Is any of this important? I think it is, not only because the history of any state is important, but also because the story of the United Kingdom gave rise to much of the political terminology we still use today. For example the term “Unionist”, in party political terms, refers not to those wishing to preserve the Union between Scotland and England, but those who want to retain the Union between Great Britain and Ireland/Northern Ireland. When the Liberal Party split over Home Rule for Ireland in 1886, the party became two: Liberals and Liberal Unionists (the latter being opposed to Home Rule). Gradually, the Liberal Unionists merged with the Conservatives to form, in England, the Conservative and Unionist Party, and in Scotland – between 1912 and 1965 –the Scottish Unionist Party.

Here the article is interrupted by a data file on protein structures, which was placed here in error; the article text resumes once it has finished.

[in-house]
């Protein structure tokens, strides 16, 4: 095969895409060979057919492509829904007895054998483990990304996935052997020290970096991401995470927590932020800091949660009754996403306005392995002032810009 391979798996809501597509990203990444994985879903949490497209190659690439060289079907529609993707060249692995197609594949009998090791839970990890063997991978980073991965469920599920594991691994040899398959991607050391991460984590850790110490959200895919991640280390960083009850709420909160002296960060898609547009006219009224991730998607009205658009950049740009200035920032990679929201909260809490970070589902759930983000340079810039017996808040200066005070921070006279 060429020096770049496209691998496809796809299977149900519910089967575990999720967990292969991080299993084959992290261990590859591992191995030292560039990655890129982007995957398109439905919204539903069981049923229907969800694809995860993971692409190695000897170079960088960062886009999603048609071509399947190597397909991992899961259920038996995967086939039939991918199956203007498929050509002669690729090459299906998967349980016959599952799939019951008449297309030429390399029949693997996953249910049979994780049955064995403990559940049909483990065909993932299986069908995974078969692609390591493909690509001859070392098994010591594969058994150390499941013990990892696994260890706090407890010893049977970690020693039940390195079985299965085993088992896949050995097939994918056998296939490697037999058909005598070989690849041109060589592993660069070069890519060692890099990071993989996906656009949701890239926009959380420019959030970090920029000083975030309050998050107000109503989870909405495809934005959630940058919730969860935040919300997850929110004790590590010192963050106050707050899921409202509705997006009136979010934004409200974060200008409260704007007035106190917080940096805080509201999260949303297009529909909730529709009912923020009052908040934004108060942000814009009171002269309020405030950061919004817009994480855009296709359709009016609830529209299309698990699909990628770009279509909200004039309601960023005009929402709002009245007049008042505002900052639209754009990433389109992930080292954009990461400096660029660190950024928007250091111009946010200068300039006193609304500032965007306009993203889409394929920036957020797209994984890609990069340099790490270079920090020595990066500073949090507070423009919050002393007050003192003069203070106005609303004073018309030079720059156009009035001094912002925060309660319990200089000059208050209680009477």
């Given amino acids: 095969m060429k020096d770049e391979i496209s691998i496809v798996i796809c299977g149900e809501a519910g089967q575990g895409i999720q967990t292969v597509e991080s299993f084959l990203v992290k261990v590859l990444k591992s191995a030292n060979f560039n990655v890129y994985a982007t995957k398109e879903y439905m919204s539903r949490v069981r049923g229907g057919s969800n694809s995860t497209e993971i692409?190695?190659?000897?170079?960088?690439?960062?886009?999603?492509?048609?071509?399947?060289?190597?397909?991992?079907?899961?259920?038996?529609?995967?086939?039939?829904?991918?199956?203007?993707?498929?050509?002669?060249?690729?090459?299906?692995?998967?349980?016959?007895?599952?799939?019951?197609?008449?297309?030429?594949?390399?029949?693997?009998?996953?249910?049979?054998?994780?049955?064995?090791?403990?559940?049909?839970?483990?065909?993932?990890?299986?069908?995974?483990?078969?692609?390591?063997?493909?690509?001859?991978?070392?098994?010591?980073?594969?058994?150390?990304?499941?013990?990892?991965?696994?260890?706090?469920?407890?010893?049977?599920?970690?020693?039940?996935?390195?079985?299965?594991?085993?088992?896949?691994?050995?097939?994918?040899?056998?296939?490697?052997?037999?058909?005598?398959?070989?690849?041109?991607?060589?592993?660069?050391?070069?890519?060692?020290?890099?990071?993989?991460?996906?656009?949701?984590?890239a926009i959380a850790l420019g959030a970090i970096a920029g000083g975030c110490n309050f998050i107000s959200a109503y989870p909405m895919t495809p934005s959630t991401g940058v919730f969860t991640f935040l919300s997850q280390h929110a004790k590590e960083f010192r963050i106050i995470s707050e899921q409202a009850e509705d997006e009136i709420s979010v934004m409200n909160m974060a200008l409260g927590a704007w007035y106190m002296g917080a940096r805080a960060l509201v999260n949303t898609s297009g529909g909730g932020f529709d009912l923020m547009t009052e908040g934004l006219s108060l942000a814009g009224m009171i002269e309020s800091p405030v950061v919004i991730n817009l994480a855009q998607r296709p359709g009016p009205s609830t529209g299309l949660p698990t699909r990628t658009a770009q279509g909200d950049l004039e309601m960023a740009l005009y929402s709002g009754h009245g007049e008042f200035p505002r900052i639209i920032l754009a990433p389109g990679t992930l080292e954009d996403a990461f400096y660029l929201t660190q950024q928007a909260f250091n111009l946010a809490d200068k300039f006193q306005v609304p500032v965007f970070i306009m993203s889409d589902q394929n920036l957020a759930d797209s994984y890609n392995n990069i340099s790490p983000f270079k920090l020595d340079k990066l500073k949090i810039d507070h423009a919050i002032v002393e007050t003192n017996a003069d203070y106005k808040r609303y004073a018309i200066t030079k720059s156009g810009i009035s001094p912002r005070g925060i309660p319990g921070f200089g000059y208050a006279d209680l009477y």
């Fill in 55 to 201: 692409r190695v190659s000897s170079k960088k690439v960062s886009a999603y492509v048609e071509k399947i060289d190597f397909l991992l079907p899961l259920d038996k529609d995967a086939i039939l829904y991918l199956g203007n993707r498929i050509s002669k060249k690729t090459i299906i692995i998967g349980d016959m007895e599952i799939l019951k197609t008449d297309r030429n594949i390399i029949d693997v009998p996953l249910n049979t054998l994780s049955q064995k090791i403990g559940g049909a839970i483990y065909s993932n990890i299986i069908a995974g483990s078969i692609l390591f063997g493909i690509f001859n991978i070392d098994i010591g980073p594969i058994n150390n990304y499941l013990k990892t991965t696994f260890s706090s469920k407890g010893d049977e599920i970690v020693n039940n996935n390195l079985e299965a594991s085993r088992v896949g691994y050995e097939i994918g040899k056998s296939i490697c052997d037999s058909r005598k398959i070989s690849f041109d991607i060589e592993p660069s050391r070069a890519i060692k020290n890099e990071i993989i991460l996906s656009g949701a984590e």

Yes, it could be argued that that the term “Unionist” has assumed a broader meaning in recent decades, but it’s still important to understand its origins. Judging by the pronouncements of many “Unionist” Conservatives, they do not. So if Scotland does vote for independence, it would not mean the end of the “United Kingdom”, as many Nationalists seem to believe: it would simply be seceding from that Union just as the Irish Free State did 90 years ago. The state might change its name, but the Union Jack would most likely remain unaltered, just as it did after 1922.
This brings me to Northern Ireland and Wales. If anyone’s been listening to Peter Robinson or Carwyn Jones recently, you might have got the impression they aren’t terribly thrilled at the prospect of Scottish independence, not least because it might weaken their status within the UK. Sensing this, Alex Salmond continues to cast “independence” purely in terms of England and Scotland, which is astonishingly simplistic. The United Kingdom comprises four nations, not two, and its history is a lot more complicated than many die-hard Nationalists, or indeed Unionists, seem to appreciate.